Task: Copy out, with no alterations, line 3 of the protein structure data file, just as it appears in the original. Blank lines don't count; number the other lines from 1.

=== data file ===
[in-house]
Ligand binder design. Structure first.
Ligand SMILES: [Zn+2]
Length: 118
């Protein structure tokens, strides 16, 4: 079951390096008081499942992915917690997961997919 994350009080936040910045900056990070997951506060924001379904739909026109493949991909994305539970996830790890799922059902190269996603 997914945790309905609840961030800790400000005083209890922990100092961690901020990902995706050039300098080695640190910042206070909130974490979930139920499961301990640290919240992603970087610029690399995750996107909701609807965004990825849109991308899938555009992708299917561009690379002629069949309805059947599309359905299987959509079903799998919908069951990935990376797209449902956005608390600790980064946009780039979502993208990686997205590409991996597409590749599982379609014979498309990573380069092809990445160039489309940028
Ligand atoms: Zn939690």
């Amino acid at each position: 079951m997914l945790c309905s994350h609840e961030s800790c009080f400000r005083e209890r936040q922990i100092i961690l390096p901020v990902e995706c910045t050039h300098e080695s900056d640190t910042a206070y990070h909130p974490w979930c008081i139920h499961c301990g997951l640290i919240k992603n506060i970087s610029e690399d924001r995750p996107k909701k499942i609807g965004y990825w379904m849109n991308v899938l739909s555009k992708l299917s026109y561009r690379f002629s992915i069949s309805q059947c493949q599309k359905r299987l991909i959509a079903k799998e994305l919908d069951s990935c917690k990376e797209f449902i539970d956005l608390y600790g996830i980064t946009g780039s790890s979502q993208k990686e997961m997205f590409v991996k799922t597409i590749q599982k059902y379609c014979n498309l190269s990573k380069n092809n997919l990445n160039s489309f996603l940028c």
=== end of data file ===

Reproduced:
Ligand SMILES: [Zn+2]